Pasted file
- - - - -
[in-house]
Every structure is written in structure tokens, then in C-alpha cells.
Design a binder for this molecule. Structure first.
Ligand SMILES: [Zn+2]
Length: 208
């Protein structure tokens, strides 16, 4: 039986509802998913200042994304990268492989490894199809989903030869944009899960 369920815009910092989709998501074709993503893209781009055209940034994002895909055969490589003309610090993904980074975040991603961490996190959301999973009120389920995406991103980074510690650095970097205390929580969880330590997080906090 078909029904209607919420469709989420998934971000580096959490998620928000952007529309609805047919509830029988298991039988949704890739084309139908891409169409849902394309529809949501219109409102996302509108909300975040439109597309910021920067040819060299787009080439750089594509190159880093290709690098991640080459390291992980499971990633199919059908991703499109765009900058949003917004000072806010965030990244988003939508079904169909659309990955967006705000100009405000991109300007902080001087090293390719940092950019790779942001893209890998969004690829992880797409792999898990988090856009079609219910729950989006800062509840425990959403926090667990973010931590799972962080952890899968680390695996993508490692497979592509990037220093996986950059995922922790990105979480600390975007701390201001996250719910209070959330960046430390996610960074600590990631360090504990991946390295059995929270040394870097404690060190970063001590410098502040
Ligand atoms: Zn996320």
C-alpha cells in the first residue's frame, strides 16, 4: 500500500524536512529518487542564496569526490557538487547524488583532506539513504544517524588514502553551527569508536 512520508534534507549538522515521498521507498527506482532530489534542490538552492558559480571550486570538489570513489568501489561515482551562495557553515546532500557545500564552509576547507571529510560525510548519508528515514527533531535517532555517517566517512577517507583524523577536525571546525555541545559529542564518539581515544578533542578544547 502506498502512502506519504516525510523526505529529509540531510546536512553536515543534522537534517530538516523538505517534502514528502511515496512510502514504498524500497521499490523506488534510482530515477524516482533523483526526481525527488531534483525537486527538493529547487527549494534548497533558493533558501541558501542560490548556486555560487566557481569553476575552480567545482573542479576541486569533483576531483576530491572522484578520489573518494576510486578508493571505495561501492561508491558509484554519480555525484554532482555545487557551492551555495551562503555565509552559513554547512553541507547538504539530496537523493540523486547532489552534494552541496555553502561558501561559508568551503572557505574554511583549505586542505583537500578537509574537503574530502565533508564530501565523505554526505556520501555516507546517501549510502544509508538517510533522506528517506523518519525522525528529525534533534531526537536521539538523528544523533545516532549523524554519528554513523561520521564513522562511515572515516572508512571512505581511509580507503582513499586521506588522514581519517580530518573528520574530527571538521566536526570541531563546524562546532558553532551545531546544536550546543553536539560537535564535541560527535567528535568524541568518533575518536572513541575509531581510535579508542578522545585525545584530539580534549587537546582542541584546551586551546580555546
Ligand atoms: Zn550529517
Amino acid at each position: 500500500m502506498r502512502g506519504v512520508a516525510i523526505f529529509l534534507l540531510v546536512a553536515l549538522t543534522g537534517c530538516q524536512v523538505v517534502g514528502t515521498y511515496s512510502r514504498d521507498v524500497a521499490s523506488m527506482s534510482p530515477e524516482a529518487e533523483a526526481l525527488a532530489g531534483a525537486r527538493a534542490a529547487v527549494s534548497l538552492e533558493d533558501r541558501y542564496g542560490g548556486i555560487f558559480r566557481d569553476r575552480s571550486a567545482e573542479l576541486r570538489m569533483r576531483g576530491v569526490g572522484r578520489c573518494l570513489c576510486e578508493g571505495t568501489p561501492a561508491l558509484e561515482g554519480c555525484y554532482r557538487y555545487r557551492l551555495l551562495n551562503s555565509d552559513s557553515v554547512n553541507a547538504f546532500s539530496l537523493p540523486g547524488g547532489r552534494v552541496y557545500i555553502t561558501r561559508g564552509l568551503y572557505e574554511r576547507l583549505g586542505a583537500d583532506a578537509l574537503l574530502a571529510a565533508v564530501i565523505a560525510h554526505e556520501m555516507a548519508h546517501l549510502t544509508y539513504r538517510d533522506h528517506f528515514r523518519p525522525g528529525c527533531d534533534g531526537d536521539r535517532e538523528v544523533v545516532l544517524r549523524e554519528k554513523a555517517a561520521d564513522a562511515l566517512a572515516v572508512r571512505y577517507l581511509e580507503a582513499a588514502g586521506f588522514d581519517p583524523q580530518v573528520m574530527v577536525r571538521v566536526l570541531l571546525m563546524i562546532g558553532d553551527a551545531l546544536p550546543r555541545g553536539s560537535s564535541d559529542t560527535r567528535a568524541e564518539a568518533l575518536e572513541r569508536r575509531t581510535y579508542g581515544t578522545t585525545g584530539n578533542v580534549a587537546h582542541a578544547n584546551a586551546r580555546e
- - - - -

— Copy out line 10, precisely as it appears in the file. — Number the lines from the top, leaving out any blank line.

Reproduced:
Amino acid at each position: 500500500m502506498r502512502g506519504v512520508a516525510i523526505f529529509l534534507l540531510v546536512a553536515l549538522t543534522g537534517c530538516q524536512v523538505v517534502g514528502t515521498y511515496s512510502r514504498d521507498v524500497a521499490s523506488m527506482s534510482p530515477e524516482a529518487e533523483a526526481l525527488a532530489g531534483a525537486r527538493a534542490a529547487v527549494s534548497l538552492e533558493d533558501r541558501y542564496g542560490g548556486i555560487f558559480r566557481d569553476r575552480s571550486a567545482e573542479l576541486r570538489m569533483r576531483g576530491v569526490g572522484r578520489c573518494l570513489c576510486e578508493g571505495t568501489p561501492a561508491l558509484e561515482g554519480c555525484y554532482r557538487y555545487r557551492l551555495l551562495n551562503s555565509d552559513s557553515v554547512n553541507a547538504f546532500s539530496l537523493p540523486g547524488g547532489r552534494v552541496y557545500i555553502t561558501r561559508g564552509l568551503y572557505e574554511r576547507l583549505g586542505a583537500d583532506a578537509l574537503l574530502a571529510a565533508v564530501i565523505a560525510h554526505e556520501m555516507a548519508h546517501l549510502t544509508y539513504r538517510d533522506h528517506f528515514r523518519p525522525g528529525c527533531d534533534g531526537d536521539r535517532e538523528v544523533v545516532l544517524r549523524e554519528k554513523a555517517a561520521d564513522a562511515l566517512a572515516v572508512r571512505y577517507l581511509e580507503a582513499a588514502g586521506f588522514d581519517p583524523q580530518v573528520m574530527v577536525r571538521v566536526l570541531l571546525m563546524i562546532g558553532d553551527a551545531l546544536p550546543r555541545g553536539s560537535s564535541d559529542t560527535r567528535a568524541e564518539a568518533l575518536e572513541r569508536r575509531t581510535y579508542g581515544t578522545t585525545g584530539n578533542v580534549a587537546h582542541a578544547n584546551a586551546r580555546e